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“If your emotional abilities aren’t in hand, if you don’t have self-awareness, if you are not able to manage your distressing emotions… then no matter how smart you are, you are not going to get very far.” ~Daniel Goleman

There are three ways in which we respond to people, events, and situations—three ways we sort through, make sense of, and file away our feelings.

We either repress, suppress, or express them.

When we repress, our unconscious files a memory or the feelings surrounding it deep in the basement of our brains without our conscious assistance.

Under extreme stress that we’re not able to manage consciously, our unconscious does the work on our behalf and steps in to protect us. This is often the case with children who have been sexually abused; the memories are there, but not accessible to the conscious mind because it is incapable of dealing with or making sense of them. (Yet)

Suppression is different.

When we suppress our feelings, we are making a conscious decision not to feel what it is that we’re feeling. We deny our feelings, push them away, pretend they’re not there.

We suppress to avoid.

People do this for all kinds of reasons: they think they have no right to feel what they feel; they think societal norms prevent them from doing so; they are embarrassed by their feelings; they are confused by them; they lack the language to interpret them…

Suppression is not to be confused with shelving, or “bracketing” our feelings at certain times, due to professional constraints, but with the intention of returning to and dealing with them later. With suppression, there’s rarely an intention to return to and sort through the messy feelings they’ve denied in the past.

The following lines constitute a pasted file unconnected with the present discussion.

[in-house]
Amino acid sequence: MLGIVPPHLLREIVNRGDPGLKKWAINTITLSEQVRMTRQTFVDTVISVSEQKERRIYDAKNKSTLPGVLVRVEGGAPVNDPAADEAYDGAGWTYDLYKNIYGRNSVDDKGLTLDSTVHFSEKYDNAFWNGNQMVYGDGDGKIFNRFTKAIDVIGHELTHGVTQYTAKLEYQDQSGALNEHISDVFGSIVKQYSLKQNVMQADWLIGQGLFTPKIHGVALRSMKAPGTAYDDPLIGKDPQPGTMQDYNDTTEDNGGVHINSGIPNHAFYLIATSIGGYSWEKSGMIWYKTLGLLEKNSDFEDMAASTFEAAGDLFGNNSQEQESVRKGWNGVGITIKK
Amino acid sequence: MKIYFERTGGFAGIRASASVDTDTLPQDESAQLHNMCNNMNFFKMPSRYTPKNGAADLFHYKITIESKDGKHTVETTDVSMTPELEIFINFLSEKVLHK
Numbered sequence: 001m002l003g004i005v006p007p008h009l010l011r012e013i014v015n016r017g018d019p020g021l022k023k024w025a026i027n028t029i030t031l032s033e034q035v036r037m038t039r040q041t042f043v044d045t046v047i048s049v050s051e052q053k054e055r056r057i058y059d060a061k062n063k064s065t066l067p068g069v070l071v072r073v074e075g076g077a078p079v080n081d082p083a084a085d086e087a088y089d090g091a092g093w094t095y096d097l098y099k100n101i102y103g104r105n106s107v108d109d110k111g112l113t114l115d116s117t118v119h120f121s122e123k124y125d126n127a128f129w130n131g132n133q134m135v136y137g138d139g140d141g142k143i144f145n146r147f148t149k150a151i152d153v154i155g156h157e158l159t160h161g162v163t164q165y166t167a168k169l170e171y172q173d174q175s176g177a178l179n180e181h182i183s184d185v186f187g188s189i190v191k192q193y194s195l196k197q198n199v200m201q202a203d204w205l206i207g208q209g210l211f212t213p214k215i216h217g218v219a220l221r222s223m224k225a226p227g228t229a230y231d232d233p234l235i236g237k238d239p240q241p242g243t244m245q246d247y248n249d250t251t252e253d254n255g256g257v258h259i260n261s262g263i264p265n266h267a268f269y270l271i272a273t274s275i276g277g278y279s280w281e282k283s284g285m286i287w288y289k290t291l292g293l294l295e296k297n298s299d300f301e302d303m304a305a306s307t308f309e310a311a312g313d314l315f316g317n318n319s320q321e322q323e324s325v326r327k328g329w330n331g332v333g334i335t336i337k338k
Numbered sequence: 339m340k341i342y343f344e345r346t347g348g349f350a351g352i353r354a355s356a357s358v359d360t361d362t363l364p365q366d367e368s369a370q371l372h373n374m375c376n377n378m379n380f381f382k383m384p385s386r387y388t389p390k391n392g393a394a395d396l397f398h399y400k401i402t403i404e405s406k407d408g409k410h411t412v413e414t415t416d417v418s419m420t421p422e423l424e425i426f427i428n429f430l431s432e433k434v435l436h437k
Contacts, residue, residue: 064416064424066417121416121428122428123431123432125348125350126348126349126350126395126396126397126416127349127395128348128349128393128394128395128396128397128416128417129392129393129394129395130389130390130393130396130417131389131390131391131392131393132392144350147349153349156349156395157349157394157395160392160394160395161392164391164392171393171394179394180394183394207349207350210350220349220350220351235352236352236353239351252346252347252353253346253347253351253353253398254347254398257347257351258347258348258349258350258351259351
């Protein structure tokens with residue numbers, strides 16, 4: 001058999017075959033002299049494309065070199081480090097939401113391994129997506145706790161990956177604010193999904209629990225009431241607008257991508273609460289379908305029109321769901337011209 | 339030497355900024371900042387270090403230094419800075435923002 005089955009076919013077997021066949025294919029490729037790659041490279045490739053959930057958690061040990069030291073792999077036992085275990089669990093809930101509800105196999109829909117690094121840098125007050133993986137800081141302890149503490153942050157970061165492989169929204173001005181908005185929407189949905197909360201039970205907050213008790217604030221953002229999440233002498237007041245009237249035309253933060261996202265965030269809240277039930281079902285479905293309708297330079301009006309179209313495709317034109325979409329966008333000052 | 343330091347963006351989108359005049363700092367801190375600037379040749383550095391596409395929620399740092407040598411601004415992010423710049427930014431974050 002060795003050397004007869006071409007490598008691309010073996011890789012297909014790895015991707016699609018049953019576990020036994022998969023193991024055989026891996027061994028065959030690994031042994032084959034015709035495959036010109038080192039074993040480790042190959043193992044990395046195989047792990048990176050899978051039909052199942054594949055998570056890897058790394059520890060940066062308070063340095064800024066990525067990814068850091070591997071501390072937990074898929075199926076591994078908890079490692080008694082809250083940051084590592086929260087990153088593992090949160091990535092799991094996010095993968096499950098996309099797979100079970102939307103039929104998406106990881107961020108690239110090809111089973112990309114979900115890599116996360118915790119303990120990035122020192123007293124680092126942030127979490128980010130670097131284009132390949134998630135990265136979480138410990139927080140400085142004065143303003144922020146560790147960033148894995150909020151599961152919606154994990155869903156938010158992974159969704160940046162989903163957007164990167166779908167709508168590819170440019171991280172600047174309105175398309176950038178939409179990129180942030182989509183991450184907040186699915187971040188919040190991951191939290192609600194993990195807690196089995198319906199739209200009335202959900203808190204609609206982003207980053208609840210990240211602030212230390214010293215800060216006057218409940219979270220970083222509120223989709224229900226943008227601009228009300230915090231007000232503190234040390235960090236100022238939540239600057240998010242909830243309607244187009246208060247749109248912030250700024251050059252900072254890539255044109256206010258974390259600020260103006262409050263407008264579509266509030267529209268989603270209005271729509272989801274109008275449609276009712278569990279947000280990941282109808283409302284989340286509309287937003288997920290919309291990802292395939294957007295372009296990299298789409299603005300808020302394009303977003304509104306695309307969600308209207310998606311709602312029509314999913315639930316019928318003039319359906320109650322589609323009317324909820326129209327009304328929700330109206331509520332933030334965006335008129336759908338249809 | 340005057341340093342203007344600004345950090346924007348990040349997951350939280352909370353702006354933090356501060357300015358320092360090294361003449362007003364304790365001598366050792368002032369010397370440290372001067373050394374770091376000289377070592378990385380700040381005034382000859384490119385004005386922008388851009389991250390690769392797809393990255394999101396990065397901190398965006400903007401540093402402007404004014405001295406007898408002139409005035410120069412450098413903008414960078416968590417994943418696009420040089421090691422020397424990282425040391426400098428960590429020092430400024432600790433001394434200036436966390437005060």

And then there’s express, which is always the healthiest long-term choice for emotional mastery—depending, of course, on the manner of expression.

Healthy expression of emotions depends on first becoming aware of them.

There are untold numbers of people walking around expressing suppressed emotions all over the place, hurling their hidden hurts at others indiscriminately.

Feelings will always out, sometimes sideways.

You’d be shocked at the number of folks who have suppressed their feelings for so long that they have atrophied, like some unused muscle, and no longer even know what they’re feeling nor why.

I’ve lived long enough to witness the ruthless determination of suppressed emotions to seep through into the hearts of those who have tried for so long to outrun them.

Like the story of the tortoise and the hare, the damn things are persistent, and will eventually win.

It may take a decade—or four—but suppressed emotions will out.

That’s why journaling, or meditation, or therapy or group work is helpful to many people: it’s a place to sort and file away those feelings, even if there is no one else present.

Healthy expression of our feelings is a learned skill.

And it puts responsibility for the quality of your internal life squarely on your shoulders.

Sorry ‘bout that.

“Action springs not from thought, but from a readiness for responsibility.” ~Dietrich Bonhoeffer

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